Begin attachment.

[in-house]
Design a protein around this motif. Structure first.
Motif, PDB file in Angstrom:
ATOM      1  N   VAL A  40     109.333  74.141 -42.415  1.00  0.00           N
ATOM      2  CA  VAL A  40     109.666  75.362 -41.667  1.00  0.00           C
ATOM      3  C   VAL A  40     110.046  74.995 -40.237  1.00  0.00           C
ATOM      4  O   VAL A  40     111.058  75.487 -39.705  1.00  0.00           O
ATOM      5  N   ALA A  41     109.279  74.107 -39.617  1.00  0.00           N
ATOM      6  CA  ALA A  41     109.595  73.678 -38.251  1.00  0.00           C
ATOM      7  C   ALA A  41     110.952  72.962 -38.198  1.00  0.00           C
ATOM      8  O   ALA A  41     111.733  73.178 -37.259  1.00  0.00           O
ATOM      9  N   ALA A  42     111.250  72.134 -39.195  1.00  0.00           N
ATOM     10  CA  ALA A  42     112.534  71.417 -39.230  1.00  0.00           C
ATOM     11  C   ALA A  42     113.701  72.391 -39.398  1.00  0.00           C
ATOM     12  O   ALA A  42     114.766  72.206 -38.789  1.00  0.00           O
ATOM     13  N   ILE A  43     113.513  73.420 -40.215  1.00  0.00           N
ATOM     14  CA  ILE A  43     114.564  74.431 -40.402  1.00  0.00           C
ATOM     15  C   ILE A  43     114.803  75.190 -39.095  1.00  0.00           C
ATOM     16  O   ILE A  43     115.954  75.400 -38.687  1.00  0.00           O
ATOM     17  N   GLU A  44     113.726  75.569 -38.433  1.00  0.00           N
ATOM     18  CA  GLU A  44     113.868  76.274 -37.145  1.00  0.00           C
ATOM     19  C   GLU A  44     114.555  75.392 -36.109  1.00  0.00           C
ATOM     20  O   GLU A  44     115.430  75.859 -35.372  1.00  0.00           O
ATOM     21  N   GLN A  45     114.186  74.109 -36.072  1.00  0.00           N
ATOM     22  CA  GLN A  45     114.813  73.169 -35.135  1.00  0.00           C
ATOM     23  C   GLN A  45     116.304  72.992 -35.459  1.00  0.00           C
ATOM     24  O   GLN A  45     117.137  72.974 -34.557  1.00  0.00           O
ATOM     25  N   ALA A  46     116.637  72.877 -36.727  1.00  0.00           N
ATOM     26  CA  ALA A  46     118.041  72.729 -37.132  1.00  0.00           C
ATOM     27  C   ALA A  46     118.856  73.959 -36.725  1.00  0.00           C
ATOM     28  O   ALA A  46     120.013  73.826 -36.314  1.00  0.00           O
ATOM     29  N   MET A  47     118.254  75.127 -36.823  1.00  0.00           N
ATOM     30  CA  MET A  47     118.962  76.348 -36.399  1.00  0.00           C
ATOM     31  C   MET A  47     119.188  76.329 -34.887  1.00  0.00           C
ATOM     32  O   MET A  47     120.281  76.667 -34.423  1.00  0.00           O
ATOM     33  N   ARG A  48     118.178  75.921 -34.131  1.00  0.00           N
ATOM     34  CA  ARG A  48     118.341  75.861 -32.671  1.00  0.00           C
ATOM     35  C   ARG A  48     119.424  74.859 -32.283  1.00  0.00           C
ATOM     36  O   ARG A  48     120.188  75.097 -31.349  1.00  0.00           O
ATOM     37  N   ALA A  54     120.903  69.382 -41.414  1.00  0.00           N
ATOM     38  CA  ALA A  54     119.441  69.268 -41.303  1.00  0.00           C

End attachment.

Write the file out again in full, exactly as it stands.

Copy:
[in-house]
Design a protein around this motif. Structure first.
Motif, PDB file in Angstrom:
ATOM      1  N   VAL A  40     109.333  74.141 -42.415  1.00  0.00           N
ATOM      2  CA  VAL A  40     109.666  75.362 -41.667  1.00  0.00           C
ATOM      3  C   VAL A  40     110.046  74.995 -40.237  1.00  0.00           C
ATOM      4  O   VAL A  40     111.058  75.487 -39.705  1.00  0.00           O
ATOM      5  N   ALA A  41     109.279  74.107 -39.617  1.00  0.00           N
ATOM      6  CA  ALA A  41     109.595  73.678 -38.251  1.00  0.00           C
ATOM      7  C   ALA A  41     110.952  72.962 -38.198  1.00  0.00           C
ATOM      8  O   ALA A  41     111.733  73.178 -37.259  1.00  0.00           O
ATOM      9  N   ALA A  42     111.250  72.134 -39.195  1.00  0.00           N
ATOM     10  CA  ALA A  42     112.534  71.417 -39.230  1.00  0.00           C
ATOM     11  C   ALA A  42     113.701  72.391 -39.398  1.00  0.00           C
ATOM     12  O   ALA A  42     114.766  72.206 -38.789  1.00  0.00           O
ATOM     13  N   ILE A  43     113.513  73.420 -40.215  1.00  0.00           N
ATOM     14  CA  ILE A  43     114.564  74.431 -40.402  1.00  0.00           C
ATOM     15  C   ILE A  43     114.803  75.190 -39.095  1.00  0.00           C
ATOM     16  O   ILE A  43     115.954  75.400 -38.687  1.00  0.00           O
ATOM     17  N   GLU A  44     113.726  75.569 -38.433  1.00  0.00           N
ATOM     18  CA  GLU A  44     113.868  76.274 -37.145  1.00  0.00           C
ATOM     19  C   GLU A  44     114.555  75.392 -36.109  1.00  0.00           C
ATOM     20  O   GLU A  44     115.430  75.859 -35.372  1.00  0.00           O
ATOM     21  N   GLN A  45     114.186  74.109 -36.072  1.00  0.00           N
ATOM     22  CA  GLN A  45     114.813  73.169 -35.135  1.00  0.00           C
ATOM     23  C   GLN A  45     116.304  72.992 -35.459  1.00  0.00           C
ATOM     24  O   GLN A  45     117.137  72.974 -34.557  1.00  0.00           O
ATOM     25  N   ALA A  46     116.637  72.877 -36.727  1.00  0.00           N
ATOM     26  CA  ALA A  46     118.041  72.729 -37.132  1.00  0.00           C
ATOM     27  C   ALA A  46     118.856  73.959 -36.725  1.00  0.00           C
ATOM     28  O   ALA A  46     120.013  73.826 -36.314  1.00  0.00           O
ATOM     29  N   MET A  47     118.254  75.127 -36.823  1.00  0.00           N
ATOM     30  CA  MET A  47     118.962  76.348 -36.399  1.00  0.00           C
ATOM     31  C   MET A  47     119.188  76.329 -34.887  1.00  0.00           C
ATOM     32  O   MET A  47     120.281  76.667 -34.423  1.00  0.00           O
ATOM     33  N   ARG A  48     118.178  75.921 -34.131  1.00  0.00           N
ATOM     34  CA  ARG A  48     118.341  75.861 -32.671  1.00  0.00           C
ATOM     35  C   ARG A  48     119.424  74.859 -32.283  1.00  0.00           C
ATOM     36  O   ARG A  48     120.188  75.097 -31.349  1.00  0.00           O
ATOM     37  N   ALA A  54     120.903  69.382 -41.414  1.00  0.00           N
ATOM     38  CA  ALA A  54     119.441  69.268 -41.303  1.00  0.00           C